Perhaps you took notice of the projection of psychosis risk syndrome for the upcoming DSM-V. Well, bipolar disorder, of course, has its own and comparitive risk syndrome. An article just made its way into Bloomsburg Businessweek on the subject, Many Depressed People Have Mild, Brief Episodes of Mania.
Nearly 40 percent of Americans with major depression also have brief but recurring episodes of manic behavior, a new study suggests.
This matter of looking for pre-bipolar disorder is a little tricky, and perhaps perverted, wouldn’t you say?
Researchers at the U.S. National Institute of Mental Health (NIMH) reported that these patients have what’s called “subthreshold hypomania” — meaning a milder form of mania that lasts fewer than four days, and is therefore below the threshold for bipolar disorder.
Translation: energizing happiness is a “mental disorder”.
Merikangas and her colleagues analyzed data from a survey of more than 5,000 U.S. households. They found that people with subthreshold hypomania have higher rates of anxiety and substance abuse and more depressive episodes than depressed people who don’t exhibit manic behavior. What’s more, they were just as likely to have a family history of mania as people with bipolar disorder, which suggests that they may be at a higher risk of developing full-blown bipolar disorder down the road.
One point I wanted to make that you may not have caught is, uh, we’re making a big to-do out of may.
What you may not have heard is that SSRI antidepressants, the drugs predominately used in the treatment of major depression, trigger mania in a certain percentage of the cases given these drugs. Usually when this happens the person who was labeled depressive receives a bipolar label. This means, of course, more severe diagnosis, less optimistic prognosis, and multiple psychiatric drugs.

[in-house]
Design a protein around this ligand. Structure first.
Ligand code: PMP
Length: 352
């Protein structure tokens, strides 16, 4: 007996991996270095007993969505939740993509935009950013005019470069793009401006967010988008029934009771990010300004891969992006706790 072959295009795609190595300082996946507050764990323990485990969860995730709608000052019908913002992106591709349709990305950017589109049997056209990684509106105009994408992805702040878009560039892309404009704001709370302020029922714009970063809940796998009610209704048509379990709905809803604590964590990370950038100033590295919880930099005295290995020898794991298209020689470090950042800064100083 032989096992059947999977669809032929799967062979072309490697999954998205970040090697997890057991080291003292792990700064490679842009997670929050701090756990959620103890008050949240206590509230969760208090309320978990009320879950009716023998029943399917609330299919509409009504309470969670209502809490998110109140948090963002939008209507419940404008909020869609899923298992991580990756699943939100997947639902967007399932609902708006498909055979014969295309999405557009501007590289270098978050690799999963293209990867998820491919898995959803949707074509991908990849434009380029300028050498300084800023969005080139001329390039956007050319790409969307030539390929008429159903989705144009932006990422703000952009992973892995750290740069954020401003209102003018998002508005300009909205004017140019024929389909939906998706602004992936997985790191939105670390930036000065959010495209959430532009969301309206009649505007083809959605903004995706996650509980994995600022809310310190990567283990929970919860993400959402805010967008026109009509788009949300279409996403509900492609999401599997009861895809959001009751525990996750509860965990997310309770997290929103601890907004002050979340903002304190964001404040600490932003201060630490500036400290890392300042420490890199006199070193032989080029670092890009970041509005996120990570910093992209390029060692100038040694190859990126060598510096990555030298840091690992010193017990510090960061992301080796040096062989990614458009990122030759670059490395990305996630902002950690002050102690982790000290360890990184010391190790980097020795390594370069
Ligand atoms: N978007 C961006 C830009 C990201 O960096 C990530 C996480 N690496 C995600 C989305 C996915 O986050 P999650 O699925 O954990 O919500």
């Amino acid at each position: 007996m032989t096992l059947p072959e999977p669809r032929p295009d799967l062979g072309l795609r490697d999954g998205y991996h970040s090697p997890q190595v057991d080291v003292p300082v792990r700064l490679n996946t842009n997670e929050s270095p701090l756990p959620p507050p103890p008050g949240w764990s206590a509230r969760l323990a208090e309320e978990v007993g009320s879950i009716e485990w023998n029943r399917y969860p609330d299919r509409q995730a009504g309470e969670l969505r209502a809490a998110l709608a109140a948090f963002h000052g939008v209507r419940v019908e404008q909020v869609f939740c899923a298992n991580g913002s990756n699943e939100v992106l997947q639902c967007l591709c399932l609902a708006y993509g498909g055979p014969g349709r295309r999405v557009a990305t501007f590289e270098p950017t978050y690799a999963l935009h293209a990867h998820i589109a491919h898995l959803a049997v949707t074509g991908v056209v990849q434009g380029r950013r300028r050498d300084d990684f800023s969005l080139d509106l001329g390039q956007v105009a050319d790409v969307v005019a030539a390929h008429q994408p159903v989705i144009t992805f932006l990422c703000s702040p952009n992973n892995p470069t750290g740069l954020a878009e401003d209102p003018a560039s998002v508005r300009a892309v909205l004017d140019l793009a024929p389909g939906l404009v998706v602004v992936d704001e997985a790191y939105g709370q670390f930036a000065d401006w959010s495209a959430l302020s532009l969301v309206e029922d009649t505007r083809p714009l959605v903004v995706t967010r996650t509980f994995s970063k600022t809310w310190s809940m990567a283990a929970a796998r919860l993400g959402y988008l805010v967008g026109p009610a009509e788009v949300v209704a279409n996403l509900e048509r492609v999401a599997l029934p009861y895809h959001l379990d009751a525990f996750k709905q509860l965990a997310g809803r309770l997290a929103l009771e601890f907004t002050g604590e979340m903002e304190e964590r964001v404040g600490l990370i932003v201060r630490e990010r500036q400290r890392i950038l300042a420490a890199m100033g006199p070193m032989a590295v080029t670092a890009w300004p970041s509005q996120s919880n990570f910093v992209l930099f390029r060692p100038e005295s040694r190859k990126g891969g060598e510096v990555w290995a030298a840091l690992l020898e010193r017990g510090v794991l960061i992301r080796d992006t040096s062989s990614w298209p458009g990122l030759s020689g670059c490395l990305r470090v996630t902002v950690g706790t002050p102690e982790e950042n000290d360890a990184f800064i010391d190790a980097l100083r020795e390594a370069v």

A better course of action, rather than crying misdiagnosis, and proceeding with your rediagnosis, might be detoxification. Remove the anti-depressant, and see if the mania resolved itself. Exercise, counseling, and other non-drug measures might do much to dispell the dark mood of the original depression. It must be remembered that once, before the introduction of anti-depressant drugs, clinical depression was not the lifelong illness that it is often seen as being today. I think it much more probable that this situation was due to a change in the nature of the treatment rather than in a change in the nature of the “disease”.
Of course, it must be remembered that we’re dealing with a prediagnosis here. There, I said it, and now let me add, treating is not preventing. In fact, sometimes treatment can exasperate the problem.
Although the article recommends seeking professional psychiatric help for this type of “latent mental illness”, I would seriously advise against it unless, of course, you want your Monday morning blahs to blossom into full-blown bipolar disorder.